WINDSOR, England — On a sunny but somber Saturday when Britain said farewell to Prince Philip, the sight of his squabbling grandsons briefly reunited at the funeral gave many a reason to smile.
Princes William and Harry were seen chatting outside St. George's Chapel after the funeral. Earlier, they walked, with their cousin Peter Phillips between them, in the procession behind Philip’s coffin as it was ferried in a Land Rover hearse to the historic chapel, which sits on the grounds of the 11th-century Windsor Castle.
It was the first time Harry had been seen with the royal family since he and his wife, Meghan, the Duchess of Sussex, made explosive charges of racism and ill treatment against his kin last month in an interview with Oprah Winfrey. Even a former prime minister has weighed in on hopes of a reconciliation between the two brothers, who were once famously close.
“It’s lovely to see Harry and William together again — it’s what we’ve all wanted,” said 66-year-old Martyn Rawlims, from Kidderminster, in central England. “This will probably bring them closer eventually. There’s always a good thing that comes out of it.”
For many in Britain and around the world, the sight of William and Harry walking behind their grandfather's coffin will echo the image of the two, as boys, marching mournfully behind the casket of their mother, Princess Diana, in 1997.
Smoking a cigarette and looking over at Windsor Castle, Rawlims grew teary-eyed when he remembered that day.
“She’d just think, ‘Ah, that’s what brothers do,’” Rawlims said of Diana. “Sometimes it’s a death that causes people to come together and appreciate life more.”
Harry “needed to get away for a bit to have a little bit of space, and the best thing that happened to him after his mother’s death was Meghan,” Rawlims said.
Meghan, who is pregnant with a girl, was advised by doctors not to make the trip from California, where she and Harry now live.
Harry arrived in the U.K. earlier this week and headed straight to Frogmore Cottage, his home on the grounds of Windsor Castle, where he quarantined in line with coronavirus regulations ahead of the funeral.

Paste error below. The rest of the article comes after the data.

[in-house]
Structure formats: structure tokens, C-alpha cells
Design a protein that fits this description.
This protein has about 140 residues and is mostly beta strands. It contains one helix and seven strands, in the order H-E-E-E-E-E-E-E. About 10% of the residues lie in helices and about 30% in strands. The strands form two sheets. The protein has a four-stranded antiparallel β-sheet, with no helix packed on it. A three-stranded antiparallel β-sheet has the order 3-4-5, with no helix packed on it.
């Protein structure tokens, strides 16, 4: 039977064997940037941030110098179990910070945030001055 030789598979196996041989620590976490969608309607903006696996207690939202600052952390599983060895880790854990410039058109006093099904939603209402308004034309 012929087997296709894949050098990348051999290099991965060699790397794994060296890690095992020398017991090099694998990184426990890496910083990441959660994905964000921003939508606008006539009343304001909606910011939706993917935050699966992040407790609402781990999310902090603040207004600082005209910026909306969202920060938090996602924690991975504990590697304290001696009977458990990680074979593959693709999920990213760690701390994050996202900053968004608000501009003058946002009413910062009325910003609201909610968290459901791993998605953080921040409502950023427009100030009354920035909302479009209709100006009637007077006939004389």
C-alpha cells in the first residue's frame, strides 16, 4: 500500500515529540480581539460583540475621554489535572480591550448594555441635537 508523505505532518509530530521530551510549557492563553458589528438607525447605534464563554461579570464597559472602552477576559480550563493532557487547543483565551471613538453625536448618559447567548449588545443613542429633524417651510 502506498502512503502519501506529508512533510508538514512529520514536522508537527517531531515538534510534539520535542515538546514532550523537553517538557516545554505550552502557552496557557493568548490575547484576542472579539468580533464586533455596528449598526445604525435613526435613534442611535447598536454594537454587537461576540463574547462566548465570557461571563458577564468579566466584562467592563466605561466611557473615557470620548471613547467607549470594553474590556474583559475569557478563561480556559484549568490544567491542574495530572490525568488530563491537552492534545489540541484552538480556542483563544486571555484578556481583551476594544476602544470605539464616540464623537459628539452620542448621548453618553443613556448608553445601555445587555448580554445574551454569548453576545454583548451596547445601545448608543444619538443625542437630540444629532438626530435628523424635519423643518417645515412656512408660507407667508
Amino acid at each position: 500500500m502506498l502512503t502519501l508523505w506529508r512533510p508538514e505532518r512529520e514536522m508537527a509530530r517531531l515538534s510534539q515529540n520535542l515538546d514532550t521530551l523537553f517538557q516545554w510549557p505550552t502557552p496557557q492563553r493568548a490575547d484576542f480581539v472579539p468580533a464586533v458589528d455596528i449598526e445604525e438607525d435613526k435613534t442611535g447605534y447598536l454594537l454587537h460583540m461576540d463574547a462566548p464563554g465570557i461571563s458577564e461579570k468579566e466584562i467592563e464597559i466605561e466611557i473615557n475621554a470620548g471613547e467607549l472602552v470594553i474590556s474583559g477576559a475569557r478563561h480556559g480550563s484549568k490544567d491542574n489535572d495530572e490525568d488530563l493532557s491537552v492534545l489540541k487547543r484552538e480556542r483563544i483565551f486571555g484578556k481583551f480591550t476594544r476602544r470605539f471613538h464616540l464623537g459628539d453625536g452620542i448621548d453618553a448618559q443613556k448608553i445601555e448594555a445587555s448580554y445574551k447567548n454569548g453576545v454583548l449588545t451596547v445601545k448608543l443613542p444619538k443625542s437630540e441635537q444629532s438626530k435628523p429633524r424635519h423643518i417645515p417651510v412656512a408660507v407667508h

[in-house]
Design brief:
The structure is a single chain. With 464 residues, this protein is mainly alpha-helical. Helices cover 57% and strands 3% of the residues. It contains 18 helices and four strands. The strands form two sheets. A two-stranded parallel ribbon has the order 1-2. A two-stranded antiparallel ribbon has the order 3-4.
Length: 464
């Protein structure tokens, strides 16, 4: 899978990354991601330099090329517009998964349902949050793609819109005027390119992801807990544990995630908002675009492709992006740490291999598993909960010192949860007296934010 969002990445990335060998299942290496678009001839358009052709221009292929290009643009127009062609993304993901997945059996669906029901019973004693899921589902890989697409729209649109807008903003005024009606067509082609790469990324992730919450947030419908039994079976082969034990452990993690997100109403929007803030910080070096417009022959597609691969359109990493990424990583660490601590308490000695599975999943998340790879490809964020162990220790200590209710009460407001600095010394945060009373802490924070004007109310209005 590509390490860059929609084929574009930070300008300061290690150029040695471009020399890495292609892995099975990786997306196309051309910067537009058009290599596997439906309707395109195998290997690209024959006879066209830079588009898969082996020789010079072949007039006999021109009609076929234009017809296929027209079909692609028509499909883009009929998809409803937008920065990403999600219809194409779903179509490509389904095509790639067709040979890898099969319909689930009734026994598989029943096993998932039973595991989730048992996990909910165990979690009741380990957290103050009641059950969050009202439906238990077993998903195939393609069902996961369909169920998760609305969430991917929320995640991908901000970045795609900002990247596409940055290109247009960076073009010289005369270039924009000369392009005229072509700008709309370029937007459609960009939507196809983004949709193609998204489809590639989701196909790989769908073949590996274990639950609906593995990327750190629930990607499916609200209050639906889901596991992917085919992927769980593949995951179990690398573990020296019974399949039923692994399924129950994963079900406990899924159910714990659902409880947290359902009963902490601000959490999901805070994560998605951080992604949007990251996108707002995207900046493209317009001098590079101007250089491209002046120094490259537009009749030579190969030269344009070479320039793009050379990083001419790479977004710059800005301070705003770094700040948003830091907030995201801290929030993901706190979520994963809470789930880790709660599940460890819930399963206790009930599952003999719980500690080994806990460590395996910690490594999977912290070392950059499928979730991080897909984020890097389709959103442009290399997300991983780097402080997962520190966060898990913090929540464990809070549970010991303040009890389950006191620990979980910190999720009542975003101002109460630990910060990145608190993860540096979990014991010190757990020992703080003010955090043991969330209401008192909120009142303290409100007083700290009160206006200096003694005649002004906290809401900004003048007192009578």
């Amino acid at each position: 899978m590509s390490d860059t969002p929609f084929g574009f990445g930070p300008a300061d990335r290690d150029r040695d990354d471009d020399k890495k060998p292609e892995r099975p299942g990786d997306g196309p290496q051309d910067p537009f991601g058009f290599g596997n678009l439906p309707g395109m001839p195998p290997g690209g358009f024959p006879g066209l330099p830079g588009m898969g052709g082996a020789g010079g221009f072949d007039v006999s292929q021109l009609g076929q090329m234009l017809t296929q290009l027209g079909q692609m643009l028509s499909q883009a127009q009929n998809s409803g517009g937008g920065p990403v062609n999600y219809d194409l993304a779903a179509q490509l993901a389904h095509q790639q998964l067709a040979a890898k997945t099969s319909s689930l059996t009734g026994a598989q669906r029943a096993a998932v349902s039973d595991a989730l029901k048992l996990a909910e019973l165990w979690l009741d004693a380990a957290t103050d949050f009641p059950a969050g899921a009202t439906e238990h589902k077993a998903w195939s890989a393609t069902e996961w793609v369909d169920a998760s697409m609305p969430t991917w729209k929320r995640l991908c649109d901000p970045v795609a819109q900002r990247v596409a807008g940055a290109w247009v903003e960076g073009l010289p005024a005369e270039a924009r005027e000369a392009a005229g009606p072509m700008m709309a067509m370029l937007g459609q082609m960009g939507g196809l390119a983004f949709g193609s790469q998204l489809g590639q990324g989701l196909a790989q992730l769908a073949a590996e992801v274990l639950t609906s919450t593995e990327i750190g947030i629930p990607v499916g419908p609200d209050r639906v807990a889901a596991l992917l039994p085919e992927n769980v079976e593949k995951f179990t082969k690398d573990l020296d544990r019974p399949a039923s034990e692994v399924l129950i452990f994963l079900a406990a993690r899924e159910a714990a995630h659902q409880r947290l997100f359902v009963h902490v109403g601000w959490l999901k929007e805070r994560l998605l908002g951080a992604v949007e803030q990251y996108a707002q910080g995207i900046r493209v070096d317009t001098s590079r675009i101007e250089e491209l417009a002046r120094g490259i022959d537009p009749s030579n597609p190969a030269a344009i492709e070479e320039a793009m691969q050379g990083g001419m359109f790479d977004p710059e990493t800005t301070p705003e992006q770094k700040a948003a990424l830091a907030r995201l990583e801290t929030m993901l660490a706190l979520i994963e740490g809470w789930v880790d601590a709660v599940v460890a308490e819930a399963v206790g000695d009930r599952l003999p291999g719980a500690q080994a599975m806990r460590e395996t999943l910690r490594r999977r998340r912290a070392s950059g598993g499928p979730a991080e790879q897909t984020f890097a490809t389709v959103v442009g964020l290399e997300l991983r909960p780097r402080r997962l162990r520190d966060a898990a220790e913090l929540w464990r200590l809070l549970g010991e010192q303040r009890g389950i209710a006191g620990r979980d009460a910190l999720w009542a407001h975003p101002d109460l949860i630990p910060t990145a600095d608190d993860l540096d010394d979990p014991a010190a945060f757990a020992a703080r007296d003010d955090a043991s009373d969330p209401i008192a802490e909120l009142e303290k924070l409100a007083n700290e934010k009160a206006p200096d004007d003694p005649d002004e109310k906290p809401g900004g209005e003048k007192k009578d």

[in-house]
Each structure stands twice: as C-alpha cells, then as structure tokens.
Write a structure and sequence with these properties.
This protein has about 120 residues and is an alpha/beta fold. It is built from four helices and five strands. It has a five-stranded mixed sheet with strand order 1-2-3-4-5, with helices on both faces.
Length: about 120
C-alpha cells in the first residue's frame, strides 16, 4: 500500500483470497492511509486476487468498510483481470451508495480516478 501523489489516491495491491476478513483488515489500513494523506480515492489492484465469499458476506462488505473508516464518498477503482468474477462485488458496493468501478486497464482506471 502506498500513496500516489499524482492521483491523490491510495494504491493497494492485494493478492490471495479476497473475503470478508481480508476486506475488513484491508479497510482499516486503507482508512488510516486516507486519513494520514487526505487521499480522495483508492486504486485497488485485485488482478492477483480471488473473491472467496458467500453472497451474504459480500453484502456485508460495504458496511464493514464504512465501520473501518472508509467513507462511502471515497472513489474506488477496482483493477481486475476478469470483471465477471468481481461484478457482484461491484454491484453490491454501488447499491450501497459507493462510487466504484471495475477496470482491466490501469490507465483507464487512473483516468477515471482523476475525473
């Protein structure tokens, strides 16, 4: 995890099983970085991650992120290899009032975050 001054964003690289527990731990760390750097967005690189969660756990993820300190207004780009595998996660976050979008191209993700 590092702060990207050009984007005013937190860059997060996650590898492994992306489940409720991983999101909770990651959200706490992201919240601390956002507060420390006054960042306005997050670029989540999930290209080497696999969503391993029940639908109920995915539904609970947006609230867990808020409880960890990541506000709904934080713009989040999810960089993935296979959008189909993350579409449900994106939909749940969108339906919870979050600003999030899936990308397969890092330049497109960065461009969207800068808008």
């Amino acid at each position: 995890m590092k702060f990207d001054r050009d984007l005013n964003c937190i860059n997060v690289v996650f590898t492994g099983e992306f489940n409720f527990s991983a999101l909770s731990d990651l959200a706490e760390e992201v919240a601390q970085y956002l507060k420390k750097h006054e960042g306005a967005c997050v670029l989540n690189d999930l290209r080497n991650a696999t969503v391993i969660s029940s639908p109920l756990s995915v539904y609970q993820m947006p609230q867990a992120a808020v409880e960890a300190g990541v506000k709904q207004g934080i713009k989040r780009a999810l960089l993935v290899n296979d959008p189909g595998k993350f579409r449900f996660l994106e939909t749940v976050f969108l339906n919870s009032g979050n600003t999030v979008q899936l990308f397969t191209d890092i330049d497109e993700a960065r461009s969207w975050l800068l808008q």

Older brother William has not commented publicly on the accusations the couple made in the interview, or Harry's description of the two's relationship as “space,” other than to say the royals were “very much not a racist family.”
Sandy Lewin, a 55-year-old teacher who lives not far from Windsor Castle, said her husband served in Afghanistan with Harry and that she came out for his fanfare wedding to Meghan.
“It’s very different because the last time we had something like this was the wedding, which was just magical,” she said. “Now it’s very low and somber.”
“We think the world of Harry,” said Lewin, who laid a single daffodil at Windsor Castle that she plucked from her garden last week when Philip died.
Lewin added that Harry is still held in high esteem by many in the military. She said that while she was a fan of the TV show “Suits,” in which Meghan Markle acted before she married Harry, she didn’t approve of the interview with Winfrey.
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The decision by Harry and Meghan to distance themselves from the royal family has polarized much of the country, and 55-year-old Jane Valder-Ryan, who was out walking her cockapoo dog, Woody, had clearly picked a side. It wasn’t Meghan’s.
“Having the Duke of Sussex be here on his own gives him more flexibility,” Valder-Ryan said.
“We all lived through the crash in Paris,” she said, referring to high-speed motor vehicle accident that left Diana dead and much of the United Kingdom shocked and in mourning.
The public feel “protective” of the princes, Valder-Ryan said. “We feel we’ve grown up with them.”
Adela Suliman reported from Windsor, Corky Siemaszko reported from New York and Henry Austin reported from London.